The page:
Station locations planned for the rapid busway make little sense to residents, but they get schooled a bit as well.
Days after the state’s first-ever Bus Rapid Transit line was launched along Cedar Avenue, a roomful of transportation insiders gathered late last week to help decide what a whole system of lines just like it should look like, flung all across the Twin Cities.
Not surprisingly, the table peopled by folks from Scott and Carver counties was the most jampacked and apparently the most plagued by objections — so much so that it kept the rest of the room waiting.
They wanted to know:
• Why is no station being proposed for 169 and County Road 83 — the most logical jumping-off point to Mystic Lake Casino, the county’s biggest jobs hub — as well as Canterbury Park?
• And why are the two stations that are proposed for Scott County — at Stagecoach and Marschall Roads — being treated as questionable stepchildren, with nothing like the emphatic endorsement of all the other stations along 169?
“Can we see the data that goes along with this?” asked Shakopee Mayor Brad Tabke, who was told yes, eventually, but not yet.
Across the table were staff and consultants for the Metropolitan Council, leading a so-called Highway Transitway Corridor Study that is examining eight potential busway lines around the metro.
One would run out Hwy. 212 and could be an option for some Scott commuters — especially if, as Carver County officials suggested, the busway were extended to the city of Carver, which is getting a new transit station for express service.
The answer to the Scott folks’s first two questions was a lot of scribbling and chin-stroking and “hmmm, good point.”
The answer to the third one, though, was to challenge them right back.
Officials from Metro Transit and others reminded the locals that communities need to be willing to plan for some serious residential and jobs density — numbers often resisted by newer suburbs — if they are going to justify 16 hours a day of costly service at 15-minute intervals.
“We’re not pushing this on people,” said Metro Transit planner Adam Harrington. “But it is a trade-off” they need to consider.
A key Scott County transportation official, Lisa Freese, agreed.
“Our communities have to ask, ‘Are you willing to develop at more density?’ Shakopee in particular,” being right along the highway. “You have undeveloped land; are you willing to sit down as a community and think about that?”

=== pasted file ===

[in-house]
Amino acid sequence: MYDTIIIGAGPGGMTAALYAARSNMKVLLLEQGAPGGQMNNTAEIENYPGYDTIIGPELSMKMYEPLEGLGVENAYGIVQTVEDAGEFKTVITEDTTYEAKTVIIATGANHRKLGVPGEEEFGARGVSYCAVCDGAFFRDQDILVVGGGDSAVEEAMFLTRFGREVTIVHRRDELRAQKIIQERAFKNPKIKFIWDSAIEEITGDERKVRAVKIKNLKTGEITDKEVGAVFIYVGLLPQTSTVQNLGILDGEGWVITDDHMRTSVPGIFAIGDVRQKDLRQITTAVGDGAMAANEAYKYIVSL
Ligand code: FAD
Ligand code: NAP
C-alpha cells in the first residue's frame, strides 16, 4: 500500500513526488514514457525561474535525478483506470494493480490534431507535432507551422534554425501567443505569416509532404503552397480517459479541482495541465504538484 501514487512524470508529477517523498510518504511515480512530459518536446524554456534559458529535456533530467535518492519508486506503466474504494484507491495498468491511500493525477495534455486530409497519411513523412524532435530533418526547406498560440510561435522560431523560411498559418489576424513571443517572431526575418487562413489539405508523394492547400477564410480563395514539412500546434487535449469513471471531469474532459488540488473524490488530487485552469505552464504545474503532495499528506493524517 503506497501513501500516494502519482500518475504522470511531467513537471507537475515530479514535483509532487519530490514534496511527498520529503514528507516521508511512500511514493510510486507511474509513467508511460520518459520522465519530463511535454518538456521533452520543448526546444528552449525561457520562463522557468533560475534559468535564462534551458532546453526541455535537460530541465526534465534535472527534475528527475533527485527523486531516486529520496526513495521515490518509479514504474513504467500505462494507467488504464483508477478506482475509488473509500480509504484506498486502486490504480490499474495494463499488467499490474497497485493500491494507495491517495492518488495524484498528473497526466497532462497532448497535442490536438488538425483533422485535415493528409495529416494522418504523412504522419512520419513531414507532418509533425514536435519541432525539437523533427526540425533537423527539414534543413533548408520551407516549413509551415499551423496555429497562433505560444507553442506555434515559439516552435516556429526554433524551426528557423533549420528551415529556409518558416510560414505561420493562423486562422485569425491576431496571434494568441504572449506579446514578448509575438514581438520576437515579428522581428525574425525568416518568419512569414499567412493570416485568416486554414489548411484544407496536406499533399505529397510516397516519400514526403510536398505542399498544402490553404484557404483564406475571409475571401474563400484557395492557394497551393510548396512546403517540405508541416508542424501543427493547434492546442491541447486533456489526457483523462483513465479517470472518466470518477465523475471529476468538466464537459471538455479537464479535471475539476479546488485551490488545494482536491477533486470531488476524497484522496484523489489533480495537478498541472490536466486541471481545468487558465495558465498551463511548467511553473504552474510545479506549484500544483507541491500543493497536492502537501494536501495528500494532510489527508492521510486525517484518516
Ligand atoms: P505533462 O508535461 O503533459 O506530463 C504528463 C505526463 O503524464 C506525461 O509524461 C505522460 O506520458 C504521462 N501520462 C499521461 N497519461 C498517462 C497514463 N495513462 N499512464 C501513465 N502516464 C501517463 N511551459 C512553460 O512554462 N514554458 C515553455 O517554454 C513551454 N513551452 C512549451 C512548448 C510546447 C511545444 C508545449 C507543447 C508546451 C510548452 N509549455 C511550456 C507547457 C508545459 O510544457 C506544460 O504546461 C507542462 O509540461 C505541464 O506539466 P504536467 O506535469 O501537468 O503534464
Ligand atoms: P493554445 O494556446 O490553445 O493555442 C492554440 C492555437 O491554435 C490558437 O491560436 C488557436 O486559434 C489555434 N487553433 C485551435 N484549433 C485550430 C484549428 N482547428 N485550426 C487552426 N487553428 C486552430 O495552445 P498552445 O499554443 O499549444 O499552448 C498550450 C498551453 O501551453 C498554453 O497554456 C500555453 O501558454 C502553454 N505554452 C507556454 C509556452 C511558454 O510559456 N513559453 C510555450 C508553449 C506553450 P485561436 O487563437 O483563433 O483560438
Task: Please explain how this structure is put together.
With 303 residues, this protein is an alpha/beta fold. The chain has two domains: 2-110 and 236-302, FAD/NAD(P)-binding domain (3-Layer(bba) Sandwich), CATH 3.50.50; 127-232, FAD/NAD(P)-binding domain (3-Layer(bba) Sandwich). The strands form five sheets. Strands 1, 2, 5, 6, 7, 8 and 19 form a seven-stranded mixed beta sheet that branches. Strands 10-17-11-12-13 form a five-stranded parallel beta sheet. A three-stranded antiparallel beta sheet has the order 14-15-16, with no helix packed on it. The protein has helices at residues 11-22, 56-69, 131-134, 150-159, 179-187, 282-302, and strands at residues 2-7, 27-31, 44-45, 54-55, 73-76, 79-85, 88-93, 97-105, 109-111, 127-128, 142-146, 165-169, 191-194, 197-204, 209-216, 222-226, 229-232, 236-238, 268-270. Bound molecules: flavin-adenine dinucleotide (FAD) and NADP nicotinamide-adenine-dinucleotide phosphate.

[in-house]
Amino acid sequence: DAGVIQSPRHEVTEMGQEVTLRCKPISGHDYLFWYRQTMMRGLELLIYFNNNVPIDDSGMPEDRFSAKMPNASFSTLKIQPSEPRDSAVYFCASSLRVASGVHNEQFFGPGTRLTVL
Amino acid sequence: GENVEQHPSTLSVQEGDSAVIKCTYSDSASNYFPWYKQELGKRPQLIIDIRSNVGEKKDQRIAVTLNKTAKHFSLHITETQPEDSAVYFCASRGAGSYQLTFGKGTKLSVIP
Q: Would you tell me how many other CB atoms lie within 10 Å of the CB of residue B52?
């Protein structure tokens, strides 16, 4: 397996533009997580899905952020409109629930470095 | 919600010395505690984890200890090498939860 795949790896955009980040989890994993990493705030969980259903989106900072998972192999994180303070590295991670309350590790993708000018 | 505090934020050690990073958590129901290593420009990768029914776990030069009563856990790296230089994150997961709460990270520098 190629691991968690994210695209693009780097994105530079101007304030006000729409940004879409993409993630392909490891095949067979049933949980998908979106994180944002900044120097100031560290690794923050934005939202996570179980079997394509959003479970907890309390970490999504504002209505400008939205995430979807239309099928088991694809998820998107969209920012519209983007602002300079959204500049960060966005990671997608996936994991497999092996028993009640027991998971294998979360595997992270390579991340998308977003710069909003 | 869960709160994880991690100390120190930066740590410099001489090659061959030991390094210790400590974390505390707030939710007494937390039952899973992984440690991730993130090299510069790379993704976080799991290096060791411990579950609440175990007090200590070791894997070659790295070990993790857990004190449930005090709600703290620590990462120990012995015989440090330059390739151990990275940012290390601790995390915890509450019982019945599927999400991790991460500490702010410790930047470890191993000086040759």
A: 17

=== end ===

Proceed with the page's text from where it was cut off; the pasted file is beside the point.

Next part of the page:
Tabke pointed out that plans are afoot for lots of additional jobs along the highway.
“As Emerson happens, that’s a huge job center right there, and there’s a big hospital nearby,” he said before the meeting. “Yes, we’re at the edge of things, but with another 100,000 people headed for Scott County by 2030, you need to plan for that. That’s one of the talking points we’ve come here with.”
Lobbying for Hwy. 169
A wider issue foremost on the mind of Jon Ulrich, transportation point man for the Scott County Board, was just lobbying for a 169 line at all.
“We need to be included here,” he said.
Compared to other corridors, the meeting made clear that 169 has drawbacks:
• No express bus service would go away, so why would commuters dump a nonstop service downtown for one that stops at stations all along the line?
• That’s especially true because a stop like General Mills Boulevard, potentially a major station because so many folks work there, could mean a five- to seven-minute wait for all other riders.
Conversely, though, Scott County officials are plainly worried about being left off the grid at a time when gas prices are volatile and transit could pull in a lot of riders.
Carver officials noted that, much like with Scott, a lot of their folks are aging and are going to be looking for options other than the car.
Chance to weigh in
Last week’s meeting was billed as a major chance for local officials to weigh in on the evolving plans for transit lines, but far from the end point.
Met Council officials stressed that one key goal was to let cities and counties know what they need to do in their own planning to maximize their chances of being included in the system as it grows.
For both Scott and Carver, there was lots of talk of chickens and eggs: Do stations follow high density, or do stations create the conditions for density to occur? Whose first move is it?
The 169 busway, according to the preliminary draft, would have stops at Marschall Road in Shakopee, site of a major transit station being created right now; Stagecoach Road; Pioneer Trail in Bloomington; something in the Golden Triangle area of Eden Prairie, site yet to be decided; Bren Road, Excelsior Boulevard, Cedar Lake Road, and then turning east on 394, at General Mills Boulevard, Louisiana Avenue and Xenia Avenue, site of the West End development in St. Louis Park, before finally heading downtown.
David Peterson • 952-746-3285